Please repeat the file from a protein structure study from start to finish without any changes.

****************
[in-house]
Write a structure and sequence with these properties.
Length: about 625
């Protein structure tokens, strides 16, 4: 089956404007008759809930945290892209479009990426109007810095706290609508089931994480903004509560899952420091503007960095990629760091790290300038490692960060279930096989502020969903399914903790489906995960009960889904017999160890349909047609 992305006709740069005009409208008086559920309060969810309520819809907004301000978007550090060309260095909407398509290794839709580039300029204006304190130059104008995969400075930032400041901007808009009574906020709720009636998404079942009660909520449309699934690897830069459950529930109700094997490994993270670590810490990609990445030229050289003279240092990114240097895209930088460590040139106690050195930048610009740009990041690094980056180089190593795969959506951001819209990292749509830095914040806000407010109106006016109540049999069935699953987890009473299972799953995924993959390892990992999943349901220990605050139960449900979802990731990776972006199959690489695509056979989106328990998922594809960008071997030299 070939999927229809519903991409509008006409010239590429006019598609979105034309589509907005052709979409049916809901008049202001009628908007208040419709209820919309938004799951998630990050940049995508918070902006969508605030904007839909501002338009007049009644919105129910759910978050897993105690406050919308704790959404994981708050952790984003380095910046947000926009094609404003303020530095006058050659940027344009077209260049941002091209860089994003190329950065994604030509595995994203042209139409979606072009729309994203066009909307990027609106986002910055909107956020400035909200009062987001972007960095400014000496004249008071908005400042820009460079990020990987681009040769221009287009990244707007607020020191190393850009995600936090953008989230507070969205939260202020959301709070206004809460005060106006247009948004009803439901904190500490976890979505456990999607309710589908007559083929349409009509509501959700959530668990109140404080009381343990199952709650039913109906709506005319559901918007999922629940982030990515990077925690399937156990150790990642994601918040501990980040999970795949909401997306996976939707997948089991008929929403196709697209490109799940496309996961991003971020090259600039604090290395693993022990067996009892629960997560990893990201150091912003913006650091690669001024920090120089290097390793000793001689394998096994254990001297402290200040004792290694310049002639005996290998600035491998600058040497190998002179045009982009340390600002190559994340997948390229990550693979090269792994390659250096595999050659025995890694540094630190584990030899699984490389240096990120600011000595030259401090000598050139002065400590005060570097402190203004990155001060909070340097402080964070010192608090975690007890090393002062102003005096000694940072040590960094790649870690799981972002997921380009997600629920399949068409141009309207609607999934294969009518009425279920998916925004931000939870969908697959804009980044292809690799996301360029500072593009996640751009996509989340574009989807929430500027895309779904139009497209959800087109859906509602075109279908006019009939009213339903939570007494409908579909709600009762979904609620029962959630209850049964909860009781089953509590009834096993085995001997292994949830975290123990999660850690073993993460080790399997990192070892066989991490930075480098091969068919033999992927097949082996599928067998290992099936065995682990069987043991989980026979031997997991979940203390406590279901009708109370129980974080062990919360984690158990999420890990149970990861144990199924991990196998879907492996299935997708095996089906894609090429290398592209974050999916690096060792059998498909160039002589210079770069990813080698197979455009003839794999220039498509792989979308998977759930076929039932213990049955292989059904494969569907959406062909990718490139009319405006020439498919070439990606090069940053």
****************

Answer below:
[in-house]
Write a structure and sequence with these properties.
Length: about 625
């Protein structure tokens, strides 16, 4: 089956404007008759809930945290892209479009990426109007810095706290609508089931994480903004509560899952420091503007960095990629760091790290300038490692960060279930096989502020969903399914903790489906995960009960889904017999160890349909047609 992305006709740069005009409208008086559920309060969810309520819809907004301000978007550090060309260095909407398509290794839709580039300029204006304190130059104008995969400075930032400041901007808009009574906020709720009636998404079942009660909520449309699934690897830069459950529930109700094997490994993270670590810490990609990445030229050289003279240092990114240097895209930088460590040139106690050195930048610009740009990041690094980056180089190593795969959506951001819209990292749509830095914040806000407010109106006016109540049999069935699953987890009473299972799953995924993959390892990992999943349901220990605050139960449900979802990731990776972006199959690489695509056979989106328990998922594809960008071997030299 070939999927229809519903991409509008006409010239590429006019598609979105034309589509907005052709979409049916809901008049202001009628908007208040419709209820919309938004799951998630990050940049995508918070902006969508605030904007839909501002338009007049009644919105129910759910978050897993105690406050919308704790959404994981708050952790984003380095910046947000926009094609404003303020530095006058050659940027344009077209260049941002091209860089994003190329950065994604030509595995994203042209139409979606072009729309994203066009909307990027609106986002910055909107956020400035909200009062987001972007960095400014000496004249008071908005400042820009460079990020990987681009040769221009287009990244707007607020020191190393850009995600936090953008989230507070969205939260202020959301709070206004809460005060106006247009948004009803439901904190500490976890979505456990999607309710589908007559083929349409009509509501959700959530668990109140404080009381343990199952709650039913109906709506005319559901918007999922629940982030990515990077925690399937156990150790990642994601918040501990980040999970795949909401997306996976939707997948089991008929929403196709697209490109799940496309996961991003971020090259600039604090290395693993022990067996009892629960997560990893990201150091912003913006650091690669001024920090120089290097390793000793001689394998096994254990001297402290200040004792290694310049002639005996290998600035491998600058040497190998002179045009982009340390600002190559994340997948390229990550693979090269792994390659250096595999050659025995890694540094630190584990030899699984490389240096990120600011000595030259401090000598050139002065400590005060570097402190203004990155001060909070340097402080964070010192608090975690007890090393002062102003005096000694940072040590960094790649870690799981972002997921380009997600629920399949068409141009309207609607999934294969009518009425279920998916925004931000939870969908697959804009980044292809690799996301360029500072593009996640751009996509989340574009989807929430500027895309779904139009497209959800087109859906509602075109279908006019009939009213339903939570007494409908579909709600009762979904609620029962959630209850049964909860009781089953509590009834096993085995001997292994949830975290123990999660850690073993993460080790399997990192070892066989991490930075480098091969068919033999992927097949082996599928067998290992099936065995682990069987043991989980026979031997997991979940203390406590279901009708109370129980974080062990919360984690158990999420890990149970990861144990199924991990196998879907492996299935997708095996089906894609090429290398592209974050999916690096060792059998498909160039002589210079770069990813080698197979455009003839794999220039498509792989979308998977759930076929039932213990049955292989059904494969569907959406062909990718490139009319405006020439498919070439990606090069940053």